Geckos are interesting animals. Have you ever thought, How geckos stick? Well, that’s the question people are trying to figuring out since the era of Aristotle. Their mystery of stickiness finally solved.
What is the secret behind geckos stickiness?
In the past, scientists tried to explain the phenomenon behind the stickiness of geckos. So they make many hypotheses about the stickiness of geckos like secretion, suction cups & tiny hooks, etc. but when scientists tested the hypothesis, none of them were true.
So, what is the mystery behind it, and how scientists solved it?
By that time Scientists had known that Geckos can stick to surfaces because their bulbous toes are covered in hundreds of tiny microscopic hairs called setae. Each seta splits off into hundreds of even smaller bristles called spatulae. but they didn’t know how these setae stick to the wall.
Regarding this, Two hypotheses had become quite famous: one that tropical geckos stick to the surface via a thin film of water. They thought that water molecules are polar in nature because of their unequal distribution of electronic charge.
So because of the opposite charge distribution, geckos can stick to the surface. This hypothesis is called Capillary (water-based) adhesion. And the 2nd hypothesis estimated that the stickiness of geckos is existed because of Van der Waals forces.
Scientist Name Kellar Autumn from Lewis & Clark College disproves the hypothesis of capillary adhesion and Solves the mystery behind geckos stickiness.
He and his colleagues work hard and find out the stickiness behind the geckos. The team tested two competing hypotheses: one based on van der Waals force and a second on capillary (water-based) adhesion.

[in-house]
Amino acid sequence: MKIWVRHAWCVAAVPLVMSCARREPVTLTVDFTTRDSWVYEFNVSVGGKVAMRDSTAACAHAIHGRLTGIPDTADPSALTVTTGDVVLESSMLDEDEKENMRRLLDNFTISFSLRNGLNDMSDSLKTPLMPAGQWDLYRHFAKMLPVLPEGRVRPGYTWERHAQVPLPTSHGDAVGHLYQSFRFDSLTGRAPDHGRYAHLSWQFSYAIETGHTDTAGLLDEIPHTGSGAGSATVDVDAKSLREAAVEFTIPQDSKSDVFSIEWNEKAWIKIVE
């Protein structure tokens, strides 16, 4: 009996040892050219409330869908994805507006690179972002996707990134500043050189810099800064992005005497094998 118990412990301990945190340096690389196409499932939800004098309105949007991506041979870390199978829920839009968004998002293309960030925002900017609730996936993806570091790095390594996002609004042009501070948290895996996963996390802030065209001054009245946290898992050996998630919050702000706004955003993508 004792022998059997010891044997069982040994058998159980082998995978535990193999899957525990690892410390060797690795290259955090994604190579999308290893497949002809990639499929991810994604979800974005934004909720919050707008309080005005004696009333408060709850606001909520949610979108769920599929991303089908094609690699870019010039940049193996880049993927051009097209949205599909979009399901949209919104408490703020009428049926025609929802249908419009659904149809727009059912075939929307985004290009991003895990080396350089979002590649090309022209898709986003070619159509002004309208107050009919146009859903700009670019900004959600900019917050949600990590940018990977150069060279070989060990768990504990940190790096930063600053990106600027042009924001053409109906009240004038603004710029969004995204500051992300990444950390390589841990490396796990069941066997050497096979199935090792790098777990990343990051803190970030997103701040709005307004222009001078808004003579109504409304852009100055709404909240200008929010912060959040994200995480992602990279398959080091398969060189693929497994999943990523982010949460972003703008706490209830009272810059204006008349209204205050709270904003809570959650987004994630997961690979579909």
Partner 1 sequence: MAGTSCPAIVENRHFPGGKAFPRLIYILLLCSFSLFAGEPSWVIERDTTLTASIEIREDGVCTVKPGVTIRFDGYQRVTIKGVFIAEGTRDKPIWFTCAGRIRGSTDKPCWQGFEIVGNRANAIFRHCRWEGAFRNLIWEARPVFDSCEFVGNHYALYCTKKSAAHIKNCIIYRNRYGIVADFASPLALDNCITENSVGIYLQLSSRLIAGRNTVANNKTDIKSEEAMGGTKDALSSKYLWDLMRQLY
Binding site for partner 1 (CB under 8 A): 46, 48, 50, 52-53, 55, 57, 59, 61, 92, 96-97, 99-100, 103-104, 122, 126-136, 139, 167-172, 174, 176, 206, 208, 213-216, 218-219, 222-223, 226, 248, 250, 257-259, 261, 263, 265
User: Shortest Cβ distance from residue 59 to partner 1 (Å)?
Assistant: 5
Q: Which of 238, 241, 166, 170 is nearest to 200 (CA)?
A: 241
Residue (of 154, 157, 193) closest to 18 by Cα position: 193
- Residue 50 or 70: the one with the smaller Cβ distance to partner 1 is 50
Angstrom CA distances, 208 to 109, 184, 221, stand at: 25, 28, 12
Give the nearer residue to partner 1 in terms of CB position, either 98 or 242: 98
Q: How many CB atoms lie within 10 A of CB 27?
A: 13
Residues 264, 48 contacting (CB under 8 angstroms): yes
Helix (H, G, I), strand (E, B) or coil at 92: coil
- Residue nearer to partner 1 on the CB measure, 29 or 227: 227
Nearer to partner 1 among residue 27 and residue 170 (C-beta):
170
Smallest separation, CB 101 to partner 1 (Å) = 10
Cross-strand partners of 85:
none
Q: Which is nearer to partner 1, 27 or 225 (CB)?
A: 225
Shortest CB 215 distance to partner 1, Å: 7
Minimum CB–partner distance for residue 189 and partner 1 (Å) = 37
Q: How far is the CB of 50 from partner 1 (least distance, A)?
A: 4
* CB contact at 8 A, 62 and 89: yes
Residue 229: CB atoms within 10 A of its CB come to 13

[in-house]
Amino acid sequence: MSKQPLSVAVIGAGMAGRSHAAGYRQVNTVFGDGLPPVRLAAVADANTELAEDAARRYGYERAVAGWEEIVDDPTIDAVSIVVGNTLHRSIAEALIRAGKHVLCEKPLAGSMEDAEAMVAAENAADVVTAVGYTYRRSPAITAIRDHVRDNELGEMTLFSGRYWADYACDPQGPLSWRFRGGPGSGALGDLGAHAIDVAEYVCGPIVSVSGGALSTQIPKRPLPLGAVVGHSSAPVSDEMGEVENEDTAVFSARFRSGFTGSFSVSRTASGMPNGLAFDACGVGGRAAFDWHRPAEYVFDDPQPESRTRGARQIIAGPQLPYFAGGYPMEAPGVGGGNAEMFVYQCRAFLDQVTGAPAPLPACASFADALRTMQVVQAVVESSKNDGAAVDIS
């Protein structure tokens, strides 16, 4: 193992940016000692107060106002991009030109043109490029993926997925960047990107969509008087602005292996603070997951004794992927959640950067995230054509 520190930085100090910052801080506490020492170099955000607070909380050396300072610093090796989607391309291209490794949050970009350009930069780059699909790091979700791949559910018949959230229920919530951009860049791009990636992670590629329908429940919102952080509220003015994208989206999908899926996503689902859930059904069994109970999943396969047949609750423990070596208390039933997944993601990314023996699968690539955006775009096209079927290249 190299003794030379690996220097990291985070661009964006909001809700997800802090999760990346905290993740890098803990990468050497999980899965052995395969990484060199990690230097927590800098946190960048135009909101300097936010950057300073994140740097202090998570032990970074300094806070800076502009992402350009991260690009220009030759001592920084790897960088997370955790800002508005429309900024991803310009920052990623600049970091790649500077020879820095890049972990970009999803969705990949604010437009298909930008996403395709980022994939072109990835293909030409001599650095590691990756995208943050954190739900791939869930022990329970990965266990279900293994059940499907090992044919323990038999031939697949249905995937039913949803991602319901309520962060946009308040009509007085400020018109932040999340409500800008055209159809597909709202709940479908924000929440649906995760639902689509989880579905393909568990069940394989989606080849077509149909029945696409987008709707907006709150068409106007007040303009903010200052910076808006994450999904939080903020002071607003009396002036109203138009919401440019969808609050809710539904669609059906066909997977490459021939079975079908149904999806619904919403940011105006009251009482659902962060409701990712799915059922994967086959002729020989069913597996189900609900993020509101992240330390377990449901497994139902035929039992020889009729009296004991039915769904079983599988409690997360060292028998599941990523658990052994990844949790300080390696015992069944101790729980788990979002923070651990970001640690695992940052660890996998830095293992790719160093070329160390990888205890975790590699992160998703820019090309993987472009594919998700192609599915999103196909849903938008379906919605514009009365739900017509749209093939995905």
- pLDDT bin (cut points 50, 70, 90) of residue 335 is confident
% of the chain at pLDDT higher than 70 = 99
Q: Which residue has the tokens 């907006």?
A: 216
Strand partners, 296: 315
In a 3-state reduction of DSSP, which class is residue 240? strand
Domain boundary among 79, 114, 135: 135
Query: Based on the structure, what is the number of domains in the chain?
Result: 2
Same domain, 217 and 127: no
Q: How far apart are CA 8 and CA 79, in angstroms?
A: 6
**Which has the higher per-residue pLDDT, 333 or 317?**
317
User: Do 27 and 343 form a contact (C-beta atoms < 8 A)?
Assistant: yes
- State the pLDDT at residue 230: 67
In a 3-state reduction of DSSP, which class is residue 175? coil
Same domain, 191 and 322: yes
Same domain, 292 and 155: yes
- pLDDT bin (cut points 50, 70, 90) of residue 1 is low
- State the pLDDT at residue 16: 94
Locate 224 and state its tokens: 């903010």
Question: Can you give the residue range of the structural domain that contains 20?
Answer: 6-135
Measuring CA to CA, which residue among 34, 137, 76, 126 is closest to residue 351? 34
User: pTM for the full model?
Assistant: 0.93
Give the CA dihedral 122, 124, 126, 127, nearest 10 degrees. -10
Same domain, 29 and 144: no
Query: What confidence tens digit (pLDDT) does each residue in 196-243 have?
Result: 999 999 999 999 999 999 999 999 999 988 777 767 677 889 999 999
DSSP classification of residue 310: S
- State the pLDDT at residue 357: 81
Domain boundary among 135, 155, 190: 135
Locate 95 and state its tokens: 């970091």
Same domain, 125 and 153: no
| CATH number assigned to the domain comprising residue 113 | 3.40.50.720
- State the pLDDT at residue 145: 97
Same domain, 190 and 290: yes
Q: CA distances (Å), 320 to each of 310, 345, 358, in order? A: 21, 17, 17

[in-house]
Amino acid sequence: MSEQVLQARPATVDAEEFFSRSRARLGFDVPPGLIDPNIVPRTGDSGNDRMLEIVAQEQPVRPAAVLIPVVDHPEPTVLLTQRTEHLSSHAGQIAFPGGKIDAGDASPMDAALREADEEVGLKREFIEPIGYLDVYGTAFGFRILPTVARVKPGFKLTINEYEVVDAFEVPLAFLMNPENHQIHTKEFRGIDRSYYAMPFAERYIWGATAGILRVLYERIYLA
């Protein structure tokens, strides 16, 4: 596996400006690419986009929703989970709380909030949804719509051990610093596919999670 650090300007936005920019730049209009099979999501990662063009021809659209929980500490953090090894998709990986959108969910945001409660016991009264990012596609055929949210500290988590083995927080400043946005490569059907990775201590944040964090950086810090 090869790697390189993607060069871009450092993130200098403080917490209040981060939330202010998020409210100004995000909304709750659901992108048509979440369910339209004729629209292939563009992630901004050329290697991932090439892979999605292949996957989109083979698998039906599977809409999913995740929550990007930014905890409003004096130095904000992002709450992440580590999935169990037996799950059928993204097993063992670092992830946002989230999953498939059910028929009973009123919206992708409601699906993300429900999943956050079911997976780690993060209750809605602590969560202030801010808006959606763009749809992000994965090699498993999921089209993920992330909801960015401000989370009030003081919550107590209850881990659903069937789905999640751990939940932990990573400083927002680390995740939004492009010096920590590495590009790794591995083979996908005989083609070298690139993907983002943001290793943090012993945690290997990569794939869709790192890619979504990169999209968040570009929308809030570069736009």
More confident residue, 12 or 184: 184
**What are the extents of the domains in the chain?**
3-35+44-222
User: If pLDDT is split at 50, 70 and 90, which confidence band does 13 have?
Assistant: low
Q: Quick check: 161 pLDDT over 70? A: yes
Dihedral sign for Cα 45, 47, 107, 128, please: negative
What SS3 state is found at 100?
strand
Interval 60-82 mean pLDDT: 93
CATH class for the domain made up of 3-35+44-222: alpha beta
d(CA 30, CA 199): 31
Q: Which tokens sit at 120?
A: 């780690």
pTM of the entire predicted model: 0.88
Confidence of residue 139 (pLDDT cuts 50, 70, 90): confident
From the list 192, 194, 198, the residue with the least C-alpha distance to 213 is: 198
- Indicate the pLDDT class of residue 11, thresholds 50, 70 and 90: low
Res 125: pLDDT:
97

“Our results provide the first direct experimental verification that a short-range molecular attraction called van der Waals force is definitely what makes geckos stick,” Autumn emphasizes.
Van der Waals forces, named after a Dutch physicist of the late 1800s, are weak electrodynamic forces that operate over tiny distances but bond to nearly any material.
Geckos have millions of setae—microscopic hairs on the bottom of their feet. These tiny setae are only as long as two diameters of human hair. That’s 100 millionths of a meter long.
Each seta ends with 1,000 even tinier pads at the tip. These tips, called spatulae, are only 200 billionths of a meter wide—below the wavelength of visible light.
Autumn Says, “Intermolecular forces come into play because the gecko foot hairs split and allow a billion spatulae to increase surface density and come into close contact with the surface. This creates a strong adhesive force”.
A single seta can lift the weight of an ant. A million setae, which could easily fit onto the area of a dime, could lift a 45-pound child. If a gecko used all of its setae, at the same time, it could support 280 pounds.
Words by Keller Autumn, “Our previous research suggested that van der Waals forces could explain gecko adhesion. But we couldn’t rule out water adsorption or some other types of water interaction. With our new data, we can finally disprove a 30-year-old theory based on the adhesion of water molecules.”